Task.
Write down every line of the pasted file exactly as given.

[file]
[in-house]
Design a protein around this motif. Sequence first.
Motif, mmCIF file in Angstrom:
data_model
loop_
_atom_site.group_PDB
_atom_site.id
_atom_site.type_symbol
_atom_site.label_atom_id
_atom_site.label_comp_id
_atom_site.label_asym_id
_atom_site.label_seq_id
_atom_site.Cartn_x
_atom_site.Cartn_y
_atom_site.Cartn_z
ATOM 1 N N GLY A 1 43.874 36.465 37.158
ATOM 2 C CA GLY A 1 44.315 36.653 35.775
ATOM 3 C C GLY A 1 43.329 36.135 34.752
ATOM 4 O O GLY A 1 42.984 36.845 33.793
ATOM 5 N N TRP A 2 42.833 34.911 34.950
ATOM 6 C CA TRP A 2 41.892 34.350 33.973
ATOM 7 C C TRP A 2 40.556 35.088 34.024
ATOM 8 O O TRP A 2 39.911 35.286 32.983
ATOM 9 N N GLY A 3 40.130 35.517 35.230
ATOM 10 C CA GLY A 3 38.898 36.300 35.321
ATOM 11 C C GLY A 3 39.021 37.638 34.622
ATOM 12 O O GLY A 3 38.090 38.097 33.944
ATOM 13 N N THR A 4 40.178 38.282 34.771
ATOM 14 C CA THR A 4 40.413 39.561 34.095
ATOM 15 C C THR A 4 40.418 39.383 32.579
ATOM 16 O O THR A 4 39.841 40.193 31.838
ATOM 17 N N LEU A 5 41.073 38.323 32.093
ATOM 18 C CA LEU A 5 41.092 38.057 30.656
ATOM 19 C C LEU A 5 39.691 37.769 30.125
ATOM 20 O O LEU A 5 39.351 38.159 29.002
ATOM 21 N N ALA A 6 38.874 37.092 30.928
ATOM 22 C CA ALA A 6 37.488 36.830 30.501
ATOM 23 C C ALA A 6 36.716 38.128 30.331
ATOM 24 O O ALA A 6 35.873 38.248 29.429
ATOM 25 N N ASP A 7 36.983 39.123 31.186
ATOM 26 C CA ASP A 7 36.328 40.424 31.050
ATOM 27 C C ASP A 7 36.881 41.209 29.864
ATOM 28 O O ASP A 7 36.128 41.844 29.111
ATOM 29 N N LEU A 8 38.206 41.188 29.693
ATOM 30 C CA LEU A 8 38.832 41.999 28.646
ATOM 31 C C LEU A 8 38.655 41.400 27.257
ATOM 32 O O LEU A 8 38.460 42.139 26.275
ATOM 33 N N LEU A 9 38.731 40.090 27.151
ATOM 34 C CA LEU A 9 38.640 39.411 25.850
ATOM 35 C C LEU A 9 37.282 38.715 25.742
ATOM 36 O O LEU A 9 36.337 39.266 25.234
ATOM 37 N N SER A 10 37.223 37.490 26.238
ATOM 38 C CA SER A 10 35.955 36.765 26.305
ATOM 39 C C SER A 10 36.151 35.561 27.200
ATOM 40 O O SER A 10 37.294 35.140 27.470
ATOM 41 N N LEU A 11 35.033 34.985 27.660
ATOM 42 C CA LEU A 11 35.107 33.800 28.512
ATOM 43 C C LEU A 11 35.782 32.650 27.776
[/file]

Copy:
[in-house]
Design a protein around this motif. Sequence first.
Motif, mmCIF file in Angstrom:
data_model
loop_
_atom_site.group_PDB
_atom_site.id
_atom_site.type_symbol
_atom_site.label_atom_id
_atom_site.label_comp_id
_atom_site.label_asym_id
_atom_site.label_seq_id
_atom_site.Cartn_x
_atom_site.Cartn_y
_atom_site.Cartn_z
ATOM 1 N N GLY A 1 43.874 36.465 37.158
ATOM 2 C CA GLY A 1 44.315 36.653 35.775
ATOM 3 C C GLY A 1 43.329 36.135 34.752
ATOM 4 O O GLY A 1 42.984 36.845 33.793
ATOM 5 N N TRP A 2 42.833 34.911 34.950
ATOM 6 C CA TRP A 2 41.892 34.350 33.973
ATOM 7 C C TRP A 2 40.556 35.088 34.024
ATOM 8 O O TRP A 2 39.911 35.286 32.983
ATOM 9 N N GLY A 3 40.130 35.517 35.230
ATOM 10 C CA GLY A 3 38.898 36.300 35.321
ATOM 11 C C GLY A 3 39.021 37.638 34.622
ATOM 12 O O GLY A 3 38.090 38.097 33.944
ATOM 13 N N THR A 4 40.178 38.282 34.771
ATOM 14 C CA THR A 4 40.413 39.561 34.095
ATOM 15 C C THR A 4 40.418 39.383 32.579
ATOM 16 O O THR A 4 39.841 40.193 31.838
ATOM 17 N N LEU A 5 41.073 38.323 32.093
ATOM 18 C CA LEU A 5 41.092 38.057 30.656
ATOM 19 C C LEU A 5 39.691 37.769 30.125
ATOM 20 O O LEU A 5 39.351 38.159 29.002
ATOM 21 N N ALA A 6 38.874 37.092 30.928
ATOM 22 C CA ALA A 6 37.488 36.830 30.501
ATOM 23 C C ALA A 6 36.716 38.128 30.331
ATOM 24 O O ALA A 6 35.873 38.248 29.429
ATOM 25 N N ASP A 7 36.983 39.123 31.186
ATOM 26 C CA ASP A 7 36.328 40.424 31.050
ATOM 27 C C ASP A 7 36.881 41.209 29.864
ATOM 28 O O ASP A 7 36.128 41.844 29.111
ATOM 29 N N LEU A 8 38.206 41.188 29.693
ATOM 30 C CA LEU A 8 38.832 41.999 28.646
ATOM 31 C C LEU A 8 38.655 41.400 27.257
ATOM 32 O O LEU A 8 38.460 42.139 26.275
ATOM 33 N N LEU A 9 38.731 40.090 27.151
ATOM 34 C CA LEU A 9 38.640 39.411 25.850
ATOM 35 C C LEU A 9 37.282 38.715 25.742
ATOM 36 O O LEU A 9 36.337 39.266 25.234
ATOM 37 N N SER A 10 37.223 37.490 26.238
ATOM 38 C CA SER A 10 35.955 36.765 26.305
ATOM 39 C C SER A 10 36.151 35.561 27.200
ATOM 40 O O SER A 10 37.294 35.140 27.470
ATOM 41 N N LEU A 11 35.033 34.985 27.660
ATOM 42 C CA LEU A 11 35.107 33.800 28.512
ATOM 43 C C LEU A 11 35.782 32.650 27.776